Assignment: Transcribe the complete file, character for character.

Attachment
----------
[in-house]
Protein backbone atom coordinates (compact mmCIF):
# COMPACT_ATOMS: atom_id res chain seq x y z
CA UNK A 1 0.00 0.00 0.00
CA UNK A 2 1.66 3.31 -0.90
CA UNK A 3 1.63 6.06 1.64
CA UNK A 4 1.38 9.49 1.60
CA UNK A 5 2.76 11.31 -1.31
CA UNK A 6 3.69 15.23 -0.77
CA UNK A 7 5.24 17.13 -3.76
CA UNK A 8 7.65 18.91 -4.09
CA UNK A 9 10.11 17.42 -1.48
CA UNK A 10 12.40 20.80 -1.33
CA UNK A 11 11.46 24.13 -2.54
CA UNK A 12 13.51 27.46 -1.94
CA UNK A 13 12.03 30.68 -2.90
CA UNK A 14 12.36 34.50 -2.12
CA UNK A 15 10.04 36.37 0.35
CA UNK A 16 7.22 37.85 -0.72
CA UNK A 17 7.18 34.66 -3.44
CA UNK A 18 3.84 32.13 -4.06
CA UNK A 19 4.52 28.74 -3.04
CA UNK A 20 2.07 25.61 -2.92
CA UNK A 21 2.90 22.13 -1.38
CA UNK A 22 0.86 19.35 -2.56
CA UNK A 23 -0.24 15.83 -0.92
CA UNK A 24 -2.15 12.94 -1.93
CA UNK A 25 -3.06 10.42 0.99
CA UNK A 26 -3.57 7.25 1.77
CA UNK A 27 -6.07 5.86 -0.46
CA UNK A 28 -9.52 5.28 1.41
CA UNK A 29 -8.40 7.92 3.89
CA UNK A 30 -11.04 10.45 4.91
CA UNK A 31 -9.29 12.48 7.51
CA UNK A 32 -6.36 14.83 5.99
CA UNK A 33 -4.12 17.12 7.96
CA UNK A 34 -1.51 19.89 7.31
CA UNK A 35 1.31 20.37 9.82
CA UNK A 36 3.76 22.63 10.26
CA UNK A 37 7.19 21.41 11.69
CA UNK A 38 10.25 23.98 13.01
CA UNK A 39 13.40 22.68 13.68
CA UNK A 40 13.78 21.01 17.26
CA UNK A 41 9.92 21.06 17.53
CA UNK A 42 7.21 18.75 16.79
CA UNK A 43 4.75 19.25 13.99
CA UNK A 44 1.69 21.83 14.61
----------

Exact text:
[in-house]
Protein backbone atom coordinates (compact mmCIF):
# COMPACT_ATOMS: atom_id res chain seq x y z
CA UNK A 1 0.00 0.00 0.00
CA UNK A 2 1.66 3.31 -0.90
CA UNK A 3 1.63 6.06 1.64
CA UNK A 4 1.38 9.49 1.60
CA UNK A 5 2.76 11.31 -1.31
CA UNK A 6 3.69 15.23 -0.77
CA UNK A 7 5.24 17.13 -3.76
CA UNK A 8 7.65 18.91 -4.09
CA UNK A 9 10.11 17.42 -1.48
CA UNK A 10 12.40 20.80 -1.33
CA UNK A 11 11.46 24.13 -2.54
CA UNK A 12 13.51 27.46 -1.94
CA UNK A 13 12.03 30.68 -2.90
CA UNK A 14 12.36 34.50 -2.12
CA UNK A 15 10.04 36.37 0.35
CA UNK A 16 7.22 37.85 -0.72
CA UNK A 17 7.18 34.66 -3.44
CA UNK A 18 3.84 32.13 -4.06
CA UNK A 19 4.52 28.74 -3.04
CA UNK A 20 2.07 25.61 -2.92
CA UNK A 21 2.90 22.13 -1.38
CA UNK A 22 0.86 19.35 -2.56
CA UNK A 23 -0.24 15.83 -0.92
CA UNK A 24 -2.15 12.94 -1.93
CA UNK A 25 -3.06 10.42 0.99
CA UNK A 26 -3.57 7.25 1.77
CA UNK A 27 -6.07 5.86 -0.46
CA UNK A 28 -9.52 5.28 1.41
CA UNK A 29 -8.40 7.92 3.89
CA UNK A 30 -11.04 10.45 4.91
CA UNK A 31 -9.29 12.48 7.51
CA UNK A 32 -6.36 14.83 5.99
CA UNK A 33 -4.12 17.12 7.96
CA UNK A 34 -1.51 19.89 7.31
CA UNK A 35 1.31 20.37 9.82
CA UNK A 36 3.76 22.63 10.26
CA UNK A 37 7.19 21.41 11.69
CA UNK A 38 10.25 23.98 13.01
CA UNK A 39 13.40 22.68 13.68
CA UNK A 40 13.78 21.01 17.26
CA UNK A 41 9.92 21.06 17.53
CA UNK A 42 7.21 18.75 16.79
CA UNK A 43 4.75 19.25 13.99
CA UNK A 44 1.69 21.83 14.61